70s progressive country.
When I returned from a year’s sojourn to England in 1972 I found that all of my rock and roll musician friends were sporting boots and cowboy hats and playing country music. I was shocked! The progressive country music era was afoot in Austin, Texas.
The story goes that Willie Nelson came to town, hooked up with the hippies at the Armadillo World Headquarters and the rest was history. I suppose this is more or less true. Fueled by a lively club scene and stirred up by KOKE-FM and Townsend Miller’s columns in the Austin American-Statesman, this new music and lifestyle took off with a vengeance. Forty years later, some of this music is called “Americana.”
Below is an incomplete list of bands and venues of the day (c. 1971 through 1977) that made up the progressive country scene in Austin. Right in the middle of it was Plum Nelly. Founded by Georgian Billy Stoner and featuring stunning Austin vocalist, Jerrie Jo Jones, Plum Nelly fit perfectly into this new musical style. The classic country fiddle of Benny Thurman, once the bassist for the Thirteenth Floor Elevators, the ringing guitar of Johnny Richardson and my pumping bass drove Plum Nelly’s music.
Billy Stoner’s songs were at the core of the Plum Nelly ethos although the rest of the band, individually and collectively, wrote material for the group. Much like the progressive country scene itself, Plum Nelly was courted by the Nashville music business machine and finally sputtered to its demise.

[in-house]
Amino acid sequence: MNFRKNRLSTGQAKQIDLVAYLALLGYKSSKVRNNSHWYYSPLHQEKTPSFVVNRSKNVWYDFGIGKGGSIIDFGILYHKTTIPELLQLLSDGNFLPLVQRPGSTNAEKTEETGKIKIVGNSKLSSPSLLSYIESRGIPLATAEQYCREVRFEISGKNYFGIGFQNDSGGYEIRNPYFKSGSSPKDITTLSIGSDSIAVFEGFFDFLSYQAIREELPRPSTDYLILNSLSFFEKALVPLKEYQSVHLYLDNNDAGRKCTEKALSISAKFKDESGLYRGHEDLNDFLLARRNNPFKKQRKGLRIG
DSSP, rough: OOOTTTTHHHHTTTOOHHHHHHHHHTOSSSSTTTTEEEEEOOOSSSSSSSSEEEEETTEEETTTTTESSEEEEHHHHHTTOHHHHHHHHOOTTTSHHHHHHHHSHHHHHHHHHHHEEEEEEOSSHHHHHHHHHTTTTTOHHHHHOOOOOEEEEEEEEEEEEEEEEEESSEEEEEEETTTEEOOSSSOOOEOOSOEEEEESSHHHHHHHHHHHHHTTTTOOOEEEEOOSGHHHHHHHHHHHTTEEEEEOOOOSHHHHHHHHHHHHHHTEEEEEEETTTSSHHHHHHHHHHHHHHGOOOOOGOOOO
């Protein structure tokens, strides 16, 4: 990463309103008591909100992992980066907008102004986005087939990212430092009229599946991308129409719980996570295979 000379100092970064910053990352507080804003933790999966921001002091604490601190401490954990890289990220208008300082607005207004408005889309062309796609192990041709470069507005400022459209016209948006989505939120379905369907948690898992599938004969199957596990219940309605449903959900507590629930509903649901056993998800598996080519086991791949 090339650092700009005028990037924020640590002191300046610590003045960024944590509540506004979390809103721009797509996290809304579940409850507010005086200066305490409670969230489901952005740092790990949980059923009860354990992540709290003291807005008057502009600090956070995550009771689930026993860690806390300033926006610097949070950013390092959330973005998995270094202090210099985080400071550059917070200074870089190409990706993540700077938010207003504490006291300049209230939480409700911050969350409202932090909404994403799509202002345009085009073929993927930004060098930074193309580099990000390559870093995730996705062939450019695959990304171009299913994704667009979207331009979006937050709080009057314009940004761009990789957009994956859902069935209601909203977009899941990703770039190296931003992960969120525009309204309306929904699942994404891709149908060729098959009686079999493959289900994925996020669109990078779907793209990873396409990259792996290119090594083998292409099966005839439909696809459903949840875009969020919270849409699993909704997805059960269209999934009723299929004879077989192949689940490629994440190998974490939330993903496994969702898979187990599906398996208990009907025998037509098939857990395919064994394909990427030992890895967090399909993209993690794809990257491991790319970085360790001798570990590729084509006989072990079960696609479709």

Plum Nelly was the perfect mirror of the intersection of traditional Nashville country music and the free-wheeling hippie lifestyle of early 70s Austin. Stoner’s song “Devil and the Deep Blue Sea” singularly captures this rare point in America’s musical history. “Used to be a redneck” Stoner sings, but “Hippie or a redneck I don’t know which one to be. I’m in between the devil and the deep blue sea.”
Here are long-lost recordings, rare live performances, and the final Nashville cuts that total Plum Nelly’s recorded audio output. We hope you enjoy them. Austin in the 1970s was a unique place, neither country nor rock, redneck or hippie. Much like Plum Nelly.
Ernie Gammage, Austin, Texas 2012